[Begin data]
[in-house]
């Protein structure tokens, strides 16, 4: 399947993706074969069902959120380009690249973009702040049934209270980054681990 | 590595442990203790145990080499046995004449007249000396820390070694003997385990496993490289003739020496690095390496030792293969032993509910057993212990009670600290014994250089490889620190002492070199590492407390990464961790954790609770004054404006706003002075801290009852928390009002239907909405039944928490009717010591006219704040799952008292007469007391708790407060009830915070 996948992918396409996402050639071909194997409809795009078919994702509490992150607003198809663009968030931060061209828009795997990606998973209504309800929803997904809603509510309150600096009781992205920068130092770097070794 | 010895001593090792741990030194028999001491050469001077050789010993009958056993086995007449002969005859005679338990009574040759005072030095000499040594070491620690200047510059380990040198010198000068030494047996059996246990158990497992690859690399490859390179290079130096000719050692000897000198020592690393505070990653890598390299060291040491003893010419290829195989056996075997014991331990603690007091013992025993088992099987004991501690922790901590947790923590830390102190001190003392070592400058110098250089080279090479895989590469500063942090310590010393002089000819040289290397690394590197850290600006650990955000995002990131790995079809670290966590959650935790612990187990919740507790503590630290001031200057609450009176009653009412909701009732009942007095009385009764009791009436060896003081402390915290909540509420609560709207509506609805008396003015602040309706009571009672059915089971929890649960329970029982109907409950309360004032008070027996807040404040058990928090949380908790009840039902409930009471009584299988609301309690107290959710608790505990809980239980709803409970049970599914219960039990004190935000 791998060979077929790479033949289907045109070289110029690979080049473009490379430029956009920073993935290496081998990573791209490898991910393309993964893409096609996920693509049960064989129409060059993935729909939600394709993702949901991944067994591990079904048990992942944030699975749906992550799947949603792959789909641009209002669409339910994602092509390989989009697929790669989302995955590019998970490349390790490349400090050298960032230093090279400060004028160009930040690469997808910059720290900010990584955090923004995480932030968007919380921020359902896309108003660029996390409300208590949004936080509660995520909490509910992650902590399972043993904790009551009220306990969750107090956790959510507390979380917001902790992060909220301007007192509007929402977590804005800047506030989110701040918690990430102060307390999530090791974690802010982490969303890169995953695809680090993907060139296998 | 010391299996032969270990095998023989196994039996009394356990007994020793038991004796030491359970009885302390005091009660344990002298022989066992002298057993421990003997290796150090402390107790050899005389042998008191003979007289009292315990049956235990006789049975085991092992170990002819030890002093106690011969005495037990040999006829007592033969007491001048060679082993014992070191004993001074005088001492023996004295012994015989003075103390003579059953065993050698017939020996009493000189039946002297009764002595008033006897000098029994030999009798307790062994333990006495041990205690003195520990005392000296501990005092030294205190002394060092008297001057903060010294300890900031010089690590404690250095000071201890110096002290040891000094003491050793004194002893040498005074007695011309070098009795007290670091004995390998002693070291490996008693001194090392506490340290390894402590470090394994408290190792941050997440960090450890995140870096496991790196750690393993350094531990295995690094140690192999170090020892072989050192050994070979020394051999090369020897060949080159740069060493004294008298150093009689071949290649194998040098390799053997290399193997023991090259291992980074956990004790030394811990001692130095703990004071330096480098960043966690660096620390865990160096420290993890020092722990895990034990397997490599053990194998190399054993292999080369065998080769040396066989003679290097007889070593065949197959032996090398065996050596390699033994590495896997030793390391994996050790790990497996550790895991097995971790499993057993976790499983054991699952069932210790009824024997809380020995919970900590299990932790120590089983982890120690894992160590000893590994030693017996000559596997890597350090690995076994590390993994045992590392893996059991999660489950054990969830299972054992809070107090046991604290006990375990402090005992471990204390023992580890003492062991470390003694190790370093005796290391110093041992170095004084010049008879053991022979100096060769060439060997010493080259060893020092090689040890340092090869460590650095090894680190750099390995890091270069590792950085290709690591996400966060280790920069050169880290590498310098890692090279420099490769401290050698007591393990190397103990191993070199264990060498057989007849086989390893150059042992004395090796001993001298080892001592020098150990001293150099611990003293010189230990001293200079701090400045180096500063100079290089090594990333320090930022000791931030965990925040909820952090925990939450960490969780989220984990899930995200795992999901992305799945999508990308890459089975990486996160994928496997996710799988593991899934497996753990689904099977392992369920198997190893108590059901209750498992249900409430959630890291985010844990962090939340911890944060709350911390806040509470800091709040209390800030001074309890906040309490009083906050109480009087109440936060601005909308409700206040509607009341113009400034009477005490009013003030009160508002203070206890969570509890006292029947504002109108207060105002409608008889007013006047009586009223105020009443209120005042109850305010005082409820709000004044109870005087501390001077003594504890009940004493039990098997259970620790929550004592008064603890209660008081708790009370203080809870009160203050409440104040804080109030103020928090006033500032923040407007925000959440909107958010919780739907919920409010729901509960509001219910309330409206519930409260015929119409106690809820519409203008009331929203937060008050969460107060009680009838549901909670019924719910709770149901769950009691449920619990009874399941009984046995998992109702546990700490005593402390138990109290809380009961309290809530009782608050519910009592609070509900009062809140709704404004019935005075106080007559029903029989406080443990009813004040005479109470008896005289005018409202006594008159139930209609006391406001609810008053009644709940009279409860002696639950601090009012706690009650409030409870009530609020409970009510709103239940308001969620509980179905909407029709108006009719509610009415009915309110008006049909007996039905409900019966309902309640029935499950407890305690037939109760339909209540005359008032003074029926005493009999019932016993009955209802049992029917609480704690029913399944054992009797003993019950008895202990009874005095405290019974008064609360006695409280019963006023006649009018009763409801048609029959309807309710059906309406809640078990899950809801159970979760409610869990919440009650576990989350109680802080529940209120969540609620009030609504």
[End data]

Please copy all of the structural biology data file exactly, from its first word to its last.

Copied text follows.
[in-house]
């Protein structure tokens, strides 16, 4: 399947993706074969069902959120380009690249973009702040049934209270980054681990 | 590595442990203790145990080499046995004449007249000396820390070694003997385990496993490289003739020496690095390496030792293969032993509910057993212990009670600290014994250089490889620190002492070199590492407390990464961790954790609770004054404006706003002075801290009852928390009002239907909405039944928490009717010591006219704040799952008292007469007391708790407060009830915070 996948992918396409996402050639071909194997409809795009078919994702509490992150607003198809663009968030931060061209828009795997990606998973209504309800929803997904809603509510309150600096009781992205920068130092770097070794 | 010895001593090792741990030194028999001491050469001077050789010993009958056993086995007449002969005859005679338990009574040759005072030095000499040594070491620690200047510059380990040198010198000068030494047996059996246990158990497992690859690399490859390179290079130096000719050692000897000198020592690393505070990653890598390299060291040491003893010419290829195989056996075997014991331990603690007091013992025993088992099987004991501690922790901590947790923590830390102190001190003392070592400058110098250089080279090479895989590469500063942090310590010393002089000819040289290397690394590197850290600006650990955000995002990131790995079809670290966590959650935790612990187990919740507790503590630290001031200057609450009176009653009412909701009732009942007095009385009764009791009436060896003081402390915290909540509420609560709207509506609805008396003015602040309706009571009672059915089971929890649960329970029982109907409950309360004032008070027996807040404040058990928090949380908790009840039902409930009471009584299988609301309690107290959710608790505990809980239980709803409970049970599914219960039990004190935000 791998060979077929790479033949289907045109070289110029690979080049473009490379430029956009920073993935290496081998990573791209490898991910393309993964893409096609996920693509049960064989129409060059993935729909939600394709993702949901991944067994591990079904048990992942944030699975749906992550799947949603792959789909641009209002669409339910994602092509390989989009697929790669989302995955590019998970490349390790490349400090050298960032230093090279400060004028160009930040690469997808910059720290900010990584955090923004995480932030968007919380921020359902896309108003660029996390409300208590949004936080509660995520909490509910992650902590399972043993904790009551009220306990969750107090956790959510507390979380917001902790992060909220301007007192509007929402977590804005800047506030989110701040918690990430102060307390999530090791974690802010982490969303890169995953695809680090993907060139296998 | 010391299996032969270990095998023989196994039996009394356990007994020793038991004796030491359970009885302390005091009660344990002298022989066992002298057993421990003997290796150090402390107790050899005389042998008191003979007289009292315990049956235990006789049975085991092992170990002819030890002093106690011969005495037990040999006829007592033969007491001048060679082993014992070191004993001074005088001492023996004295012994015989003075103390003579059953065993050698017939020996009493000189039946002297009764002595008033006897000098029994030999009798307790062994333990006495041990205690003195520990005392000296501990005092030294205190002394060092008297001057903060010294300890900031010089690590404690250095000071201890110096002290040891000094003491050793004194002893040498005074007695011309070098009795007290670091004995390998002693070291490996008693001194090392506490340290390894402590470090394994408290190792941050997440960090450890995140870096496991790196750690393993350094531990295995690094140690192999170090020892072989050192050994070979020394051999090369020897060949080159740069060493004294008298150093009689071949290649194998040098390799053997290399193997023991090259291992980074956990004790030394811990001692130095703990004071330096480098960043966690660096620390865990160096420290993890020092722990895990034990397997490599053990194998190399054993292999080369065998080769040396066989003679290097007889070593065949197959032996090398065996050596390699033994590495896997030793390391994996050790790990497996550790895991097995971790499993057993976790499983054991699952069932210790009824024997809380020995919970900590299990932790120590089983982890120690894992160590000893590994030693017996000559596997890597350090690995076994590390993994045992590392893996059991999660489950054990969830299972054992809070107090046991604290006990375990402090005992471990204390023992580890003492062991470390003694190790370093005796290391110093041992170095004084010049008879053991022979100096060769060439060997010493080259060893020092090689040890340092090869460590650095090894680190750099390995890091270069590792950085290709690591996400966060280790920069050169880290590498310098890692090279420099490769401290050698007591393990190397103990191993070199264990060498057989007849086989390893150059042992004395090796001993001298080892001592020098150990001293150099611990003293010189230990001293200079701090400045180096500063100079290089090594990333320090930022000791931030965990925040909820952090925990939450960490969780989220984990899930995200795992999901992305799945999508990308890459089975990486996160994928496997996710799988593991899934497996753990689904099977392992369920198997190893108590059901209750498992249900409430959630890291985010844990962090939340911890944060709350911390806040509470800091709040209390800030001074309890906040309490009083906050109480009087109440936060601005909308409700206040509607009341113009400034009477005490009013003030009160508002203070206890969570509890006292029947504002109108207060105002409608008889007013006047009586009223105020009443209120005042109850305010005082409820709000004044109870005087501390001077003594504890009940004493039990098997259970620790929550004592008064603890209660008081708790009370203080809870009160203050409440104040804080109030103020928090006033500032923040407007925000959440909107958010919780739907919920409010729901509960509001219910309330409206519930409260015929119409106690809820519409203008009331929203937060008050969460107060009680009838549901909670019924719910709770149901769950009691449920619990009874399941009984046995998992109702546990700490005593402390138990109290809380009961309290809530009782608050519910009592609070509900009062809140709704404004019935005075106080007559029903029989406080443990009813004040005479109470008896005289005018409202006594008159139930209609006391406001609810008053009644709940009279409860002696639950601090009012706690009650409030409870009530609020409970009510709103239940308001969620509980179905909407029709108006009719509610009415009915309110008006049909007996039905409900019966309902309640029935499950407890305690037939109760339909209540005359008032003074029926005493009999019932016993009955209802049992029917609480704690029913399944054992009797003993019950008895202990009874005095405290019974008064609360006695409280019963006023006649009018009763409801048609029959309807309710059906309406809640078990899950809801159970979760409610869990919440009650576990989350109680802080529940209120969540609620009030609504």